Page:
Artefacts celebrating ancient Egyptian “coffin art” have been showcased in a Cambridgeshire pub.
The collection, from Cambridge’s Fitzwilliam Museum, is part of a “pop-up” event bringing the Valley of the Kings to the flatlands of the Fens.
Locations in Wisbech, including The Wheatsheaf Inn – are exhibiting 3,000-year-old coffin fragments and tools.
Egyptologist Melanie Pitkin said the aim was to share “with an audience that might not otherwise come across it”.
The exhibition – known as the ‘Pop-Up’ Egyptian Coffins Project – will run across Wisbech until the end of June.
Locations will only be revealed by the Fitzwilliam Museum the day before they take place.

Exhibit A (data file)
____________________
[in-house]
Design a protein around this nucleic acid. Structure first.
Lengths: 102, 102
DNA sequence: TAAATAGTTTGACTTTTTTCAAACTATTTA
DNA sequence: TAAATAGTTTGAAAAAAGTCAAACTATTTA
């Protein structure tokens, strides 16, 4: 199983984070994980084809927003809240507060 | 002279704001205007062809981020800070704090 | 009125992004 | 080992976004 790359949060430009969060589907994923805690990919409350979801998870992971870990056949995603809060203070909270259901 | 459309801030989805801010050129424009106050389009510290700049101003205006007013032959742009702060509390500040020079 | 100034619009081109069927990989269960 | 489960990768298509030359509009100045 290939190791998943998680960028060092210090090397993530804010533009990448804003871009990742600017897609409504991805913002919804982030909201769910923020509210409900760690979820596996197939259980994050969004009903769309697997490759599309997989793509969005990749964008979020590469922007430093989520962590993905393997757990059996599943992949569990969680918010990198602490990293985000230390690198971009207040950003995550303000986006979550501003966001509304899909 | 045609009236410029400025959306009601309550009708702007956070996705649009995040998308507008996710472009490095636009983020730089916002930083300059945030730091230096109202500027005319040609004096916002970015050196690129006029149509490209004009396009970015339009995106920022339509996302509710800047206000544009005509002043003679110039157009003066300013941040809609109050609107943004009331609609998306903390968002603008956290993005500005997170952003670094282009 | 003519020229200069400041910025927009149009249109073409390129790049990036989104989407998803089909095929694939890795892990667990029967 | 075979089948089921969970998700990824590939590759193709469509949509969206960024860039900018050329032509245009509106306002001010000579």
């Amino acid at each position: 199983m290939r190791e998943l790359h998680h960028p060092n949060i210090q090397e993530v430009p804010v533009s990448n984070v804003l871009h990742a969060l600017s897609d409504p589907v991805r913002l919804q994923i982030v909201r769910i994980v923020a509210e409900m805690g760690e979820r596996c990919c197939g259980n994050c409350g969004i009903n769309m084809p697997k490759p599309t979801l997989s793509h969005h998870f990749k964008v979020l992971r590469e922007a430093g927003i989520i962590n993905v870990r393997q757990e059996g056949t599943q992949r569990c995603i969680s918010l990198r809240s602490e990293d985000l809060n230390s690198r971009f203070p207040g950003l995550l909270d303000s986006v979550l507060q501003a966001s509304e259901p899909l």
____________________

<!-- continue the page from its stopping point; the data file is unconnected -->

Among the items on show are a varnished wooden mask and clenched fist – fashioned from sycamore fig – which would have adorned the lid of an Egyptian coffin.
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The exhibition includes artwork and tools used by ancient coffin makers, as well as CT scans taken as part of the Fitzwilliam Museum’s intensive research into ancient coffin-making.
“People are happy to see that we’ve thought about their community by bringing our research to them,” said Dr Pitkin.
“They come in here for their eggs and bacon and chips and beer, and they can actually speak to a real Egyptologist, which is quite exciting.”
Egyptian antiquities associate curator Helen Strudwick said the collection offered “a whole new perspective on Egyptology”.
“It’s about people rather than weird gods that sometimes appear on ancient Egyptian coffins,” she said.
“Although we will cover the usual hieroglyphs and funerary beliefs of ancient Egyptians, what we’re looking at is the people who made the coffins, the construction of them and the people for whom they were made.”